Frankfurt conference 2018
Each year I’m invited to the annual Frankfurt conference organised by Grassroots Research and Allianz Global Investors, for whom Manifesto Design carries out international market research projects. The timing tends to schedule throughout the year, so I’ve seen Frankfurt in the spring, snow and summer – and this year it fell upon a warm end of August date.
The annual schedule of compliance, financial updates and macroeconomic news is varied in its appeal, with everything interesting but my preference naturally focused upon the speeches by senior economist Hans-Jörg Naumer, who looked at the impact of artificial intelligence. He called it nothing short of the Second Machine Age, and believes it has all the potential of a major technological catalyst.
If AI and associated technologies do indeed turn out to be such a catalyst, we would be on the cusp of a major economic growth spurt, the so-called spring within a long-term K-wave development cycle. Development of this kind brings with it both challenges and opportunities, as well as a great deal of social upheaval. Technological change is so rapid and far-reaching right now that a lot of people are struggling to keep up, and the fear is that AI in particular could take away millions of jobs.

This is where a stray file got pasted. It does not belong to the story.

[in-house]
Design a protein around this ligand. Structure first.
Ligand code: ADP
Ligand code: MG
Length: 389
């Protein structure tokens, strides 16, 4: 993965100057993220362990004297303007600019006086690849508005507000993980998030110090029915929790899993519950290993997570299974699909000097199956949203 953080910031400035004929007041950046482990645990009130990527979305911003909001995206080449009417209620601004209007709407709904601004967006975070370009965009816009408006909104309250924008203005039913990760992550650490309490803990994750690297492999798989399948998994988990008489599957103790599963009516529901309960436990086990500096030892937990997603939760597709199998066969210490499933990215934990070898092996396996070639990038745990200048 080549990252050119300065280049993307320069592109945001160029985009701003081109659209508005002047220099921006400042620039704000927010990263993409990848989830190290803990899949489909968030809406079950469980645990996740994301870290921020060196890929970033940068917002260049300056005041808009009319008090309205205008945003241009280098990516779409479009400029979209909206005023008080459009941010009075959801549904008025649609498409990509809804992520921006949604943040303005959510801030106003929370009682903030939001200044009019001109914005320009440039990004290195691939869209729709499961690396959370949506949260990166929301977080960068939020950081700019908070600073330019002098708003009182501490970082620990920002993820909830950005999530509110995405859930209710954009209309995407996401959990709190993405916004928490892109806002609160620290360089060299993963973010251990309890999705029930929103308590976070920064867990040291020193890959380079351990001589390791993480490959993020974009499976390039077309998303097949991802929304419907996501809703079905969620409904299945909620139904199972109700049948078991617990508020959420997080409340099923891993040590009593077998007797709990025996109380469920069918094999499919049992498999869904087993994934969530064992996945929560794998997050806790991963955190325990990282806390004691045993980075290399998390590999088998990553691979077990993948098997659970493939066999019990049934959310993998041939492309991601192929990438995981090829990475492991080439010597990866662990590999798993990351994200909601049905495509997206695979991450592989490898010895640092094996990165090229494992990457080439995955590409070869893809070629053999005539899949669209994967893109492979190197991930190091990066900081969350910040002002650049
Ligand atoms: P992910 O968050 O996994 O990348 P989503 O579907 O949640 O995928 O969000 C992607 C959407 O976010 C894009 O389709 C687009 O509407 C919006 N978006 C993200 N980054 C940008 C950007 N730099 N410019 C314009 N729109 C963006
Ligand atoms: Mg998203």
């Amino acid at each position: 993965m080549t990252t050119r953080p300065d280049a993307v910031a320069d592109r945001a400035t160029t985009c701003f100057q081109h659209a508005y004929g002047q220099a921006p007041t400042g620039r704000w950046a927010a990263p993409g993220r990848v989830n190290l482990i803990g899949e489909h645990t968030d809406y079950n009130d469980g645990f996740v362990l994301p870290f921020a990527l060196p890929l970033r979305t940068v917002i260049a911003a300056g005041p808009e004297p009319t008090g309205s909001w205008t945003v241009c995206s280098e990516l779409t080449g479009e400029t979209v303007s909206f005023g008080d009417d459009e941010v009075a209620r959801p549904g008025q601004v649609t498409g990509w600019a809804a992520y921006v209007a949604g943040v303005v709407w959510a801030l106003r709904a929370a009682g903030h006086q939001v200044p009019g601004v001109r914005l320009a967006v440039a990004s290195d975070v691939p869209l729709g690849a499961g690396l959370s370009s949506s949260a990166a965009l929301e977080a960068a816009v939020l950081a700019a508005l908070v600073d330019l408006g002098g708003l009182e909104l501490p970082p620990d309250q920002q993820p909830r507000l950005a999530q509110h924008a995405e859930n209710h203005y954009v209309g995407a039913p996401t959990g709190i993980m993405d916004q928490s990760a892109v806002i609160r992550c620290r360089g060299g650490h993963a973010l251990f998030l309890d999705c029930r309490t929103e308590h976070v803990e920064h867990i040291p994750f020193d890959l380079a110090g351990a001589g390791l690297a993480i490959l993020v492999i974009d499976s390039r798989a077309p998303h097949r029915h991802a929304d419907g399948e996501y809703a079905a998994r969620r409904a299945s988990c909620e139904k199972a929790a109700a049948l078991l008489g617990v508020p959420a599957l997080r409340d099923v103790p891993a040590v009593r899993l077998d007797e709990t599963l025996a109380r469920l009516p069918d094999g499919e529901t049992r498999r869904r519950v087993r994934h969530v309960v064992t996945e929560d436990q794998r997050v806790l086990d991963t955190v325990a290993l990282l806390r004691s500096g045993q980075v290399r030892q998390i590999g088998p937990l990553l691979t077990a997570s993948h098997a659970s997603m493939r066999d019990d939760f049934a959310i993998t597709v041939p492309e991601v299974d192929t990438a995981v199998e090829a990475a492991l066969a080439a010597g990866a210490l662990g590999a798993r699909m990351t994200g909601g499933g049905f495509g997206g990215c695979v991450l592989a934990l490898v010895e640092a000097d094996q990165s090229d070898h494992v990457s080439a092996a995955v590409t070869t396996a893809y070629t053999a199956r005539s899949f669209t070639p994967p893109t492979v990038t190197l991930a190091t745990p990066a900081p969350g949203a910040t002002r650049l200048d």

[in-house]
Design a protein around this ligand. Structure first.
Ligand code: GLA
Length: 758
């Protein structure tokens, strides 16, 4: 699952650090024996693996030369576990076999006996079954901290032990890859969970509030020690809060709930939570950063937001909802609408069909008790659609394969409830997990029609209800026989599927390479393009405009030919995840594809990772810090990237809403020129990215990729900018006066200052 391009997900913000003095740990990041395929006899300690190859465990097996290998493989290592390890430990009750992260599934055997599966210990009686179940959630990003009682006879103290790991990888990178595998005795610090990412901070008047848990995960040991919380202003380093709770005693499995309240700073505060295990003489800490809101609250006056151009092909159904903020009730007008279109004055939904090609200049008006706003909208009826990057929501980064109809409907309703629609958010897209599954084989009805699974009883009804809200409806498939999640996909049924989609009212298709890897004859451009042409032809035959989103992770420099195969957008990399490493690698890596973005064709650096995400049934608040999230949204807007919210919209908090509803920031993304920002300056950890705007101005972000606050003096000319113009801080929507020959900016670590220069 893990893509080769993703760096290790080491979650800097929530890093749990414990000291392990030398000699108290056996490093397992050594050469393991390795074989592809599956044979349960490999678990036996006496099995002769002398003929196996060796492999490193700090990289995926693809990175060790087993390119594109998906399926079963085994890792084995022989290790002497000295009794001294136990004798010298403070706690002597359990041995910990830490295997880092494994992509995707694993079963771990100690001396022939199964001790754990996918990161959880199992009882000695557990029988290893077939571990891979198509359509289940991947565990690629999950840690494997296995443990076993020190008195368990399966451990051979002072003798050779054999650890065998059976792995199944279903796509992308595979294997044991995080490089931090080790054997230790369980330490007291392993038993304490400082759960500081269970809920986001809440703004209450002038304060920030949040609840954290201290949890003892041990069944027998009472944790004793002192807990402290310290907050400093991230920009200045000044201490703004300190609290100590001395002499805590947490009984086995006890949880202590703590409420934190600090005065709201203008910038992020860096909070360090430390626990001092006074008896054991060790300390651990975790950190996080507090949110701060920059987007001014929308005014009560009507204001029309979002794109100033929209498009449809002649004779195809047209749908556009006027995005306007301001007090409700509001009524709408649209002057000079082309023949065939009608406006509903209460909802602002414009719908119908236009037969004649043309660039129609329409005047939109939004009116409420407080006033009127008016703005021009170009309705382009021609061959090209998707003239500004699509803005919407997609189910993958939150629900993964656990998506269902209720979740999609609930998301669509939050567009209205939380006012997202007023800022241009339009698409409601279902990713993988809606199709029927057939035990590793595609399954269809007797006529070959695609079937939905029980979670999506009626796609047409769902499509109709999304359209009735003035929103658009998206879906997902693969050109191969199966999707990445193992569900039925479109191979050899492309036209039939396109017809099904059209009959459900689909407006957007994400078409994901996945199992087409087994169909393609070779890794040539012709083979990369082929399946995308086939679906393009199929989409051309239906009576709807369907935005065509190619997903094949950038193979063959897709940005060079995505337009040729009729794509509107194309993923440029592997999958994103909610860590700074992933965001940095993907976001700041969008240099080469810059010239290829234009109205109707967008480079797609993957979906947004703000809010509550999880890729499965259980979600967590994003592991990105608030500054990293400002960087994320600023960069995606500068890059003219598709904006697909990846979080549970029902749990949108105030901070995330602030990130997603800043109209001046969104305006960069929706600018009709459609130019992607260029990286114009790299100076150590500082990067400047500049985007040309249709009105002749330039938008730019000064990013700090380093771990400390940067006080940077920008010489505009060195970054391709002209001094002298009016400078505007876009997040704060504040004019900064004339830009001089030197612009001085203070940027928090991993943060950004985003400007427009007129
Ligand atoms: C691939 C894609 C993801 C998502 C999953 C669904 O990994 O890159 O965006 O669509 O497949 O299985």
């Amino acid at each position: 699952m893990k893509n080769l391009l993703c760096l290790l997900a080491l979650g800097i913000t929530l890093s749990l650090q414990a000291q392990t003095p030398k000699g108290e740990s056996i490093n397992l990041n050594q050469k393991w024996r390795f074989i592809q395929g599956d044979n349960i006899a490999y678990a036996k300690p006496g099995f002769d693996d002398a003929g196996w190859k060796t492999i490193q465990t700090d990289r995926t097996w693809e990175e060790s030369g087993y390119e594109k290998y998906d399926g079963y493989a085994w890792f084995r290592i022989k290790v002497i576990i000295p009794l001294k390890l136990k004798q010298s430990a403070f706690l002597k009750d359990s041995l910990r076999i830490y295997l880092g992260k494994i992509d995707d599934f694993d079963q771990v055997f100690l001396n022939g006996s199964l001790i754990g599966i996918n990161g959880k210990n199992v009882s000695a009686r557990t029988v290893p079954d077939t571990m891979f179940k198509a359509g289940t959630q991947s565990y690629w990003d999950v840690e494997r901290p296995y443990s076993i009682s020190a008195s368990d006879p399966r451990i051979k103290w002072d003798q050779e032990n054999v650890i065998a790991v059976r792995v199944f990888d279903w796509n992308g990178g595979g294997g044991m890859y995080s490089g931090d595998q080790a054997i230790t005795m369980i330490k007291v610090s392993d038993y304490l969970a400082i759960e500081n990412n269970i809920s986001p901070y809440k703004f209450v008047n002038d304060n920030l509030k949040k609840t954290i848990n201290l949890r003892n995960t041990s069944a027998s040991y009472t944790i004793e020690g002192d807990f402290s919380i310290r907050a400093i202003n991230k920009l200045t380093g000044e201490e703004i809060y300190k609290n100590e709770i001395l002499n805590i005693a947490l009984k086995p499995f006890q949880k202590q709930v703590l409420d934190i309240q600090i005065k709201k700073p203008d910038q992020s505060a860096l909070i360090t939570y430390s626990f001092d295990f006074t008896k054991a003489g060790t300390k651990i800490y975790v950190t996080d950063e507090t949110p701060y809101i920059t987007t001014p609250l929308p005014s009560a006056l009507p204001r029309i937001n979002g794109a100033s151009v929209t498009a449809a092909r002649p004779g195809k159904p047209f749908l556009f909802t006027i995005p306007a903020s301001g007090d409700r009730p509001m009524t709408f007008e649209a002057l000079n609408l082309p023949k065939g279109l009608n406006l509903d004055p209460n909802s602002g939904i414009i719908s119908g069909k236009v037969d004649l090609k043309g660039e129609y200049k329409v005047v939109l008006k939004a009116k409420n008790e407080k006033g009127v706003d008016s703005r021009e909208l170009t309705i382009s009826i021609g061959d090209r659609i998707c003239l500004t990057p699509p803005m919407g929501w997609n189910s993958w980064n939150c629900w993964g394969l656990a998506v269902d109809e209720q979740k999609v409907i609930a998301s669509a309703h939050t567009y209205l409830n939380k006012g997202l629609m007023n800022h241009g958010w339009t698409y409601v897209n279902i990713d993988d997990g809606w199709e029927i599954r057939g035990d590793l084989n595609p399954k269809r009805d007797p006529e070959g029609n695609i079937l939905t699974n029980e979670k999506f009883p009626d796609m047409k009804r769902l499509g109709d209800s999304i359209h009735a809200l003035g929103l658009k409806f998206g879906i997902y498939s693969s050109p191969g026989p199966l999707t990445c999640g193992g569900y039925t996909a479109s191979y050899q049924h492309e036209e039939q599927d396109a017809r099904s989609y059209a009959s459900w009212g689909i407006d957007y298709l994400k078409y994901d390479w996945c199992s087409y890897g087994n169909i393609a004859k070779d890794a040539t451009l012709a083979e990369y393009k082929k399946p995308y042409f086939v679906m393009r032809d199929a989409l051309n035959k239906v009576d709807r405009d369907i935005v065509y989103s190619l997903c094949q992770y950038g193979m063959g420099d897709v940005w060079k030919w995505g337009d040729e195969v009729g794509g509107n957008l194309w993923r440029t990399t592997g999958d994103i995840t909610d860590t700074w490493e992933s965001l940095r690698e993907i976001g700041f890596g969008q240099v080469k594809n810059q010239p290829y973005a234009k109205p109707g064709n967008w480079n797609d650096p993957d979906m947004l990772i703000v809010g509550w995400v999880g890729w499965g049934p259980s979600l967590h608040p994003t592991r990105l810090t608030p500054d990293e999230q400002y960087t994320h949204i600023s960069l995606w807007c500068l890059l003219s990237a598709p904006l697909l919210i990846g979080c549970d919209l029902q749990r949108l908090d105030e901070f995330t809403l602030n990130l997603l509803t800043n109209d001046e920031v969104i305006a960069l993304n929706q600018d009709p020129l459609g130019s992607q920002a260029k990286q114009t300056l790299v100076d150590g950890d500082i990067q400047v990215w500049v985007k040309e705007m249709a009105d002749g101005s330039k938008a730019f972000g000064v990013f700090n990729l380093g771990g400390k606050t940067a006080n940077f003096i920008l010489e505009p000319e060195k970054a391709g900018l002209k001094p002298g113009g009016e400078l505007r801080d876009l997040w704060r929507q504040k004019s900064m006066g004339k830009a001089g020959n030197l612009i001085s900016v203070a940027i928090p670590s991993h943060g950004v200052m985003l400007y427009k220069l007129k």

This isn’t the first time this debate has raged, of course. Throughout much of the 18th and 19th centuries, and indeed also in the 20th century there were fears that industrialisation and the mechanising of agriculture would marginalise large parts of the labour force. That didn’t materialise, as we simply moved up a notch and replaced manual jobs with skilled ones.
The difference today is that our machines are so smart that they are also capable of taking over skilled work, potentially making even lawyers, mathematicians and surgeons all but obsolete. The question is, what can we do when machines become smarter and cheaper than us and the only advantage we have remaining is perhaps greater flexibility and independence of thought? When a fund brought Elon Musk, Stephen Hawking and Bill Gates together a few years ago to ponder this question they came up with systemic unemployment rates of 40% in the future.
I dare say people will find a way around this, but it is with these potential developments in mind that Hans-Jörg Naumer suggests there could – and probably should – be a paradigm shift from our traditional dependence on selling our labour to becoming owners of capital. In other words, instead of focusing on being employed we will create more security for ourselves in the future if we supplement our income with capital and become stakeholders in the means of production.
Exactly how salary earners or even independents can save enough to do this on a significant level is not yet clear, but businesses and governments would have to be involved in any large-scale economic transition such as the one from labour to intelligent machinery—so let’s hope the social contract is alive and well when that time comes.